AIDL Server

Finally, we can create a server which exposes the service:


//! Birthday service.
use birthdayservice::BirthdayService;
use com_example_birthdayservice::aidl::com::example::birthdayservice::IBirthdayService::BnBirthdayService;
use com_example_birthdayservice::binder;

const SERVICE_IDENTIFIER: &str = "birthdayservice";

/// Entry point for birthday service.
fn main() {
    let birthday_service = BirthdayService;
    let birthday_service_binder = BnBirthdayService::new_binder(
    binder::add_service(SERVICE_IDENTIFIER, birthday_service_binder.as_binder())
        .expect("Failed to register service");


rust_binary {
    name: "birthday_server",
    crate_name: "birthday_server",
    srcs: ["src/"],
    rustlibs: [
    prefer_rlib: true, // To avoid dynamic link error.

The process for taking a user-defined service implementation (in this case the BirthdayService type, which implements the IBirthdayService) and starting it as a Binder service has multiple steps, and may appear more complicated than students are used to if they’ve used Binder from C++ or another language. Explain to students why each step is necessary.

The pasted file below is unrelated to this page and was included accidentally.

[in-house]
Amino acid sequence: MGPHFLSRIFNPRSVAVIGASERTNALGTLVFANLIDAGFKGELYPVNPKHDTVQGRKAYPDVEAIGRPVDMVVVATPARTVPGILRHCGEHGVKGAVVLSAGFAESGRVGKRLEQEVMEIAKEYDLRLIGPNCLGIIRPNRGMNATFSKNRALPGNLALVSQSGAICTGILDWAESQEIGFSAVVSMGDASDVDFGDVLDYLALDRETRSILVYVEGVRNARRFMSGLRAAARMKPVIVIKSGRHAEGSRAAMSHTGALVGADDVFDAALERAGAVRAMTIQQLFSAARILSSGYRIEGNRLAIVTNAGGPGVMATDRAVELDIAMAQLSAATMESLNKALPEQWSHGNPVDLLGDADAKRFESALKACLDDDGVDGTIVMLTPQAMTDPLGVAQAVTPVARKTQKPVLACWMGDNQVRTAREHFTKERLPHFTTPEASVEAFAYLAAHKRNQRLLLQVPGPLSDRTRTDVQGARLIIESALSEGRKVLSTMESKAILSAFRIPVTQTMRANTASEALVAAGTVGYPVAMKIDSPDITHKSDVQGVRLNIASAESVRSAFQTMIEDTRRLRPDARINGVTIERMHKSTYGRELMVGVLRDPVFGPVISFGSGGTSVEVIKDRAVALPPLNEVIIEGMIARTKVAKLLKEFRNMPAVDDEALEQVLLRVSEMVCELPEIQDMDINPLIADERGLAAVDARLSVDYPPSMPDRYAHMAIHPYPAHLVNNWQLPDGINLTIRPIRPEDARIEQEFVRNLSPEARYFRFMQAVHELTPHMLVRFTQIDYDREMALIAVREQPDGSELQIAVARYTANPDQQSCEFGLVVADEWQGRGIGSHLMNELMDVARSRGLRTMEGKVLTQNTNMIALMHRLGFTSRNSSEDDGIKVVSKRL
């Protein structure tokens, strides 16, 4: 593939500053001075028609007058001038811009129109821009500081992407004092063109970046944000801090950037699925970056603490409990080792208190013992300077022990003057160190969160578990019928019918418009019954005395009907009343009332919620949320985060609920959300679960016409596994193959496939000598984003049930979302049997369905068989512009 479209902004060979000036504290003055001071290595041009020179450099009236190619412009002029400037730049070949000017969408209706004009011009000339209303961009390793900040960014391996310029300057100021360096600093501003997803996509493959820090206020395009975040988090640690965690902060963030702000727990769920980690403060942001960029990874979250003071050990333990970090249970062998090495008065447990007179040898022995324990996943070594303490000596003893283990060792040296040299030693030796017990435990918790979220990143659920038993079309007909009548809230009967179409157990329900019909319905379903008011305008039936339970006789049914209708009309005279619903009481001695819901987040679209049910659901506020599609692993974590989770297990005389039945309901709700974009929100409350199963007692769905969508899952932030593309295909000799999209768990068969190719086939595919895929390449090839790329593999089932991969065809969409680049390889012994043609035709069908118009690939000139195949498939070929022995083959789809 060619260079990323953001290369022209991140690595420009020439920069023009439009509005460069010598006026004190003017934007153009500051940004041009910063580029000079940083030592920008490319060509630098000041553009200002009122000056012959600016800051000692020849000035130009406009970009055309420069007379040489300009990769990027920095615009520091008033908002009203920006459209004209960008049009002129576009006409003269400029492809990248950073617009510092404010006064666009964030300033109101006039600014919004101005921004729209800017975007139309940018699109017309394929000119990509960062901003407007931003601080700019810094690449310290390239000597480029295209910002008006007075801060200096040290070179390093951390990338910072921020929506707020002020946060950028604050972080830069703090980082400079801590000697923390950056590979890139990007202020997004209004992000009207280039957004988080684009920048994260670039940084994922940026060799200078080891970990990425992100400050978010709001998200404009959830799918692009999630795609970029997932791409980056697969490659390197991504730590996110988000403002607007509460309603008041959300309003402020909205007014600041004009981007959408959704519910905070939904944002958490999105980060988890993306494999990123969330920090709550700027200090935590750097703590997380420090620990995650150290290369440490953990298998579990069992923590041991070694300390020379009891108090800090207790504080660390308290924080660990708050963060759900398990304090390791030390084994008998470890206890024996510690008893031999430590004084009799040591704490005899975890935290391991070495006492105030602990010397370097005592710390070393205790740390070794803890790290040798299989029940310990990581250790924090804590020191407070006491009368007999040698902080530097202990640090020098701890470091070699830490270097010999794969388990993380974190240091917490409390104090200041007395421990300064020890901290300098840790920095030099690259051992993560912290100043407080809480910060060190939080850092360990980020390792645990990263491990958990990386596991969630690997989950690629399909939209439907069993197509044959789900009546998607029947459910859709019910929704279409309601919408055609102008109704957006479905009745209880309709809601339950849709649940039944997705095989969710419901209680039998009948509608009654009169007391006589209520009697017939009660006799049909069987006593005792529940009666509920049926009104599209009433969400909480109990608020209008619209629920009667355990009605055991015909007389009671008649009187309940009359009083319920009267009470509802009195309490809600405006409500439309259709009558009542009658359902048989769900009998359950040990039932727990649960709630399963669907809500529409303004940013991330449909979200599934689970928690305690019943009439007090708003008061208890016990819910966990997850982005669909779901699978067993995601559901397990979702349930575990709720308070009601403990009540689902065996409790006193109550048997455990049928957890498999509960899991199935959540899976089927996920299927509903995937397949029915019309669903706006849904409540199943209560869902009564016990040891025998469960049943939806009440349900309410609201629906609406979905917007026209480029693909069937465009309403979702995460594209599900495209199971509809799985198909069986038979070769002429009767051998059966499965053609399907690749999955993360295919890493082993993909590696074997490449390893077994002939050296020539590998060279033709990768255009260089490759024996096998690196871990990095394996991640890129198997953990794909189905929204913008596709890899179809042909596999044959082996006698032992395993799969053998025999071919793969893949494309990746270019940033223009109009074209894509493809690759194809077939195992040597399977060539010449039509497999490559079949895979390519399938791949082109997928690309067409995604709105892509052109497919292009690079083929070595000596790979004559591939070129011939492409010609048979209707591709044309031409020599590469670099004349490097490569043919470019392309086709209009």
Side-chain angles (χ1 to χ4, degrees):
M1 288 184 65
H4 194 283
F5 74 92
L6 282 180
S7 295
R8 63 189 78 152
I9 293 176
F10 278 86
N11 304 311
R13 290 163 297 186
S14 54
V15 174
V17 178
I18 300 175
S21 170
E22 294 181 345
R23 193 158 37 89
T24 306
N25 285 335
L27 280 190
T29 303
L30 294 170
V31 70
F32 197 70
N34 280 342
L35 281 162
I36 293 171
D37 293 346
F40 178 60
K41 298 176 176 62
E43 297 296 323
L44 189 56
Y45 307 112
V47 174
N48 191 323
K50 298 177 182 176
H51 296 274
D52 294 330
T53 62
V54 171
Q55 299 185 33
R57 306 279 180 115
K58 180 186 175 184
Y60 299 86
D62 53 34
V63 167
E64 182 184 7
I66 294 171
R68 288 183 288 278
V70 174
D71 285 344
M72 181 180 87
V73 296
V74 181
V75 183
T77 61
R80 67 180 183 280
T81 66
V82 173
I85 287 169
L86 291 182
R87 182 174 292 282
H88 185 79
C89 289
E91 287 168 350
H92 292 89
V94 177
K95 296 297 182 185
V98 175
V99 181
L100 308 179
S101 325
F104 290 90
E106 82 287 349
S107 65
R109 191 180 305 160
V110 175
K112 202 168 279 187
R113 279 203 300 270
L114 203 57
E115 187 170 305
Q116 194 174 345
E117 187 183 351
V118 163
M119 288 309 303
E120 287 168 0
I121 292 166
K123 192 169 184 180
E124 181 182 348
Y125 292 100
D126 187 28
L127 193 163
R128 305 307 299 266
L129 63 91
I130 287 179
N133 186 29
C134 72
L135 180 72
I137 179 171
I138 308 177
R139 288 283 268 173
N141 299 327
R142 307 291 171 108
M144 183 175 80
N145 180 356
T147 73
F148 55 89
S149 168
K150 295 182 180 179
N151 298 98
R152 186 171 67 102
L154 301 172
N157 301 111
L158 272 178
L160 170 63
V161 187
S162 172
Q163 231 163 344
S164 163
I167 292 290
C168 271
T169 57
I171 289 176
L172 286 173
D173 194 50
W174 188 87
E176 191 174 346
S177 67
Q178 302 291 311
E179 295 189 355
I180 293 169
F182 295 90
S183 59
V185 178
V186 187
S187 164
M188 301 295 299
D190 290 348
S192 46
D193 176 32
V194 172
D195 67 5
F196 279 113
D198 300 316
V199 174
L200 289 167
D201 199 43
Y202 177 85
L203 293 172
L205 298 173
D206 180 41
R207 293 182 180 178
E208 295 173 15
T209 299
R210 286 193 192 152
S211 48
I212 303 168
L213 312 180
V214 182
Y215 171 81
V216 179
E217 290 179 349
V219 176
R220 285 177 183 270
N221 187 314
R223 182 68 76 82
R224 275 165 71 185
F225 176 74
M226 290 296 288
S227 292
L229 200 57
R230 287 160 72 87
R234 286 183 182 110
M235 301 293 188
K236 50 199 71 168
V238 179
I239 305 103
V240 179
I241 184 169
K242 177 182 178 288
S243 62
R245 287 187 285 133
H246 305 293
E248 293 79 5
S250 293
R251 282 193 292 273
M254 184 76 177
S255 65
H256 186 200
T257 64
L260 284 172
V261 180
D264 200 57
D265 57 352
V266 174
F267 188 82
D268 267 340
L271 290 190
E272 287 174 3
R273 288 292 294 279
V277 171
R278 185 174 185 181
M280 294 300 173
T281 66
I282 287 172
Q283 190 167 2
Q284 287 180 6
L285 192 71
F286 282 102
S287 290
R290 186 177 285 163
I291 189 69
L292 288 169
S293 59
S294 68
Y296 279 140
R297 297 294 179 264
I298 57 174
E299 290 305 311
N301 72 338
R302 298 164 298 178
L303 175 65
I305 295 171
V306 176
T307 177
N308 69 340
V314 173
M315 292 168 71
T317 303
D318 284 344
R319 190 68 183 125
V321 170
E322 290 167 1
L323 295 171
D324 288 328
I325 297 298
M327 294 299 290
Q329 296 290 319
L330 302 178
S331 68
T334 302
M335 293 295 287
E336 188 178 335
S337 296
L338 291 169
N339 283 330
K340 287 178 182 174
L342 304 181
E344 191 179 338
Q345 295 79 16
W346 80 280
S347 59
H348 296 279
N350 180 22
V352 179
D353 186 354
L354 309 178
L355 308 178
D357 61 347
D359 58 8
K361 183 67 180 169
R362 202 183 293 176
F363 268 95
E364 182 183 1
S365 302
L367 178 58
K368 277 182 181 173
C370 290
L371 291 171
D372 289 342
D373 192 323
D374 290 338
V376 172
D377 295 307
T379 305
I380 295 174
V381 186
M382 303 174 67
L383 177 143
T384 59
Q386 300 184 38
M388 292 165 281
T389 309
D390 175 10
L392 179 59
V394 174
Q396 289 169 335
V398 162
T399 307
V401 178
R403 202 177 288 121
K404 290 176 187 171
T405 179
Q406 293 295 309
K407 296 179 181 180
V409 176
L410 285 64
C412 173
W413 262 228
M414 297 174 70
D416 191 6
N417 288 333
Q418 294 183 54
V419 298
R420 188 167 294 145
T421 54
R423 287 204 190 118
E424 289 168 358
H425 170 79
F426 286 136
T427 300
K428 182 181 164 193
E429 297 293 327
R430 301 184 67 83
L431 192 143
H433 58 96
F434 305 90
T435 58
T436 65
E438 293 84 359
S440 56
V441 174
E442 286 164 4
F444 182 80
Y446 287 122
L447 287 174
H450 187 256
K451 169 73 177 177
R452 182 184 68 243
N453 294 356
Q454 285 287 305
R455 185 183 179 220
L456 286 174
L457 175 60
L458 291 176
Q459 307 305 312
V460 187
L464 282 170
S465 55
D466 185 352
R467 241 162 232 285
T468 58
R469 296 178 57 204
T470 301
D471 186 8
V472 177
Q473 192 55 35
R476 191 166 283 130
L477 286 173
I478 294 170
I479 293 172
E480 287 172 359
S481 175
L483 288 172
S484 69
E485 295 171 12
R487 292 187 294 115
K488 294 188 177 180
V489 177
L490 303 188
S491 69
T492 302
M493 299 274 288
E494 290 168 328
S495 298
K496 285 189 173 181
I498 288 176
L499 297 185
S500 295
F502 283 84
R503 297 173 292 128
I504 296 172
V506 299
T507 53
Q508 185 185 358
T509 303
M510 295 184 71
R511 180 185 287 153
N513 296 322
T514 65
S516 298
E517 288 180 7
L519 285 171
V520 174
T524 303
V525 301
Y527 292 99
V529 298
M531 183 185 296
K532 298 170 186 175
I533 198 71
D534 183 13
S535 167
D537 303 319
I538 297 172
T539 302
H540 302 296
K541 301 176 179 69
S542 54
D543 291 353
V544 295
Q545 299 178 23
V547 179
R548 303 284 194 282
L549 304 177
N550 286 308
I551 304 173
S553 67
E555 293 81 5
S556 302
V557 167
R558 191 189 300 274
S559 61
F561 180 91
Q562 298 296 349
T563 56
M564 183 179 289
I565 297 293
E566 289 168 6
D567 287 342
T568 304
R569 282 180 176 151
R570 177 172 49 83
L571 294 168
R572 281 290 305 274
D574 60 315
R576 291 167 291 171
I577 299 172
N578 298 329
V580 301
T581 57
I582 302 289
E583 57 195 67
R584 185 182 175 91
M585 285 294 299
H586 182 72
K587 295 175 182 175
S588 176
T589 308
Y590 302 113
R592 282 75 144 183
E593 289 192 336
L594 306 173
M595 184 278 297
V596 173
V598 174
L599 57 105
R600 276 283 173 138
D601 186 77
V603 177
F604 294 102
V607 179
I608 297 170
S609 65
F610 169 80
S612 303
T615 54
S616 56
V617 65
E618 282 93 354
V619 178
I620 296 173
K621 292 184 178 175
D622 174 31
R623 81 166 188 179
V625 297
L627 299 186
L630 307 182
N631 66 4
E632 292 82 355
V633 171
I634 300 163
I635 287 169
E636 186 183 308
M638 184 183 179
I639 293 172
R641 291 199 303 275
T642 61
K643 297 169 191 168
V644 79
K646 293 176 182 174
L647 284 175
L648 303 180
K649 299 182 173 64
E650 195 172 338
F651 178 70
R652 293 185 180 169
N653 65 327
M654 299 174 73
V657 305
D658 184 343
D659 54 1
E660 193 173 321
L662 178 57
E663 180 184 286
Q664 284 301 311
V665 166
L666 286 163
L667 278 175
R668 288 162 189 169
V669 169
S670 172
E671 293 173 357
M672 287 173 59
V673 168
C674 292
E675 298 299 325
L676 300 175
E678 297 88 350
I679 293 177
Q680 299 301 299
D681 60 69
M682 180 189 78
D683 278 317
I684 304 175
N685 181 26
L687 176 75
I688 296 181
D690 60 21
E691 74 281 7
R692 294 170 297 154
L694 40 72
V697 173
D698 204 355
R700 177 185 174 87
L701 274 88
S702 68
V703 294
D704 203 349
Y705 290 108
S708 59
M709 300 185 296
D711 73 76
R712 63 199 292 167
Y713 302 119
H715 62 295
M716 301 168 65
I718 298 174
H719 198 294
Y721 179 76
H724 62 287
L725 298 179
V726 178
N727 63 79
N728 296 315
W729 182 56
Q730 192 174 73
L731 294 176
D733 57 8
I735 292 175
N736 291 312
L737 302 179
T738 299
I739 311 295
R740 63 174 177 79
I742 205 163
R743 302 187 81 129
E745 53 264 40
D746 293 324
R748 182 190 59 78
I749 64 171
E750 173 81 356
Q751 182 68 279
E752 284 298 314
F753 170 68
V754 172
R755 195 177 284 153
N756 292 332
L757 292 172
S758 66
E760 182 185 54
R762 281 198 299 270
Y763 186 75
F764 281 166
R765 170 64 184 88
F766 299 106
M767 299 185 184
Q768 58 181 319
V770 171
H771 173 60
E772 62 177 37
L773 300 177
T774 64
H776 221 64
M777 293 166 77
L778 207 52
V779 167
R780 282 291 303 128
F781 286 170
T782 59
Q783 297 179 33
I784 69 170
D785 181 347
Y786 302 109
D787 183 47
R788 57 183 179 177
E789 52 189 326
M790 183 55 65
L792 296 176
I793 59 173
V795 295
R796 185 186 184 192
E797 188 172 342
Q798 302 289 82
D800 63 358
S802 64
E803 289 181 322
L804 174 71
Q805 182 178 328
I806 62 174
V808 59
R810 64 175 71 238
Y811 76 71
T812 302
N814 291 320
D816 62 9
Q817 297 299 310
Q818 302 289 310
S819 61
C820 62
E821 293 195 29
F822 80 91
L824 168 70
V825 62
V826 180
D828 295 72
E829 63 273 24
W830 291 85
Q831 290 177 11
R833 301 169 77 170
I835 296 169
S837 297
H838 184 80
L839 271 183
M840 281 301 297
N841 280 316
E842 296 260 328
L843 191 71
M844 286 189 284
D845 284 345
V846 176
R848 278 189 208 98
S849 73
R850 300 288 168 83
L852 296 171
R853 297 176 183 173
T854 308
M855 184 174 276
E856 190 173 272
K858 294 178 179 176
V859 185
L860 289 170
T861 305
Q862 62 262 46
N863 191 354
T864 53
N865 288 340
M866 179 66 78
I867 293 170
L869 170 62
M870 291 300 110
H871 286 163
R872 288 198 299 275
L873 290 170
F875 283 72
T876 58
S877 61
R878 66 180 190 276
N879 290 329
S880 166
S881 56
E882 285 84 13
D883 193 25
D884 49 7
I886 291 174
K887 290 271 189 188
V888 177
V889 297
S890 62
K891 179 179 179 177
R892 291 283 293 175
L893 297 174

1. Create an instance of your service type (BirthdayService).
  2. Wrap the service object in corresponding Bn* type (BnBirthdayService in this case). This type is generated by Binder and provides the common Binder functionality that would be provided by the BnBinder base class in C++. We don’t have inheritance in Rust, so instead we use composition, putting our BirthdayService within the generated BnBinderService.
  3. Call add_service, giving it a service identifier and your service object (the BnBirthdayService object in the example).
  4. Call join_thread_pool to add the current thread to Binder’s thread pool and start listening for connections.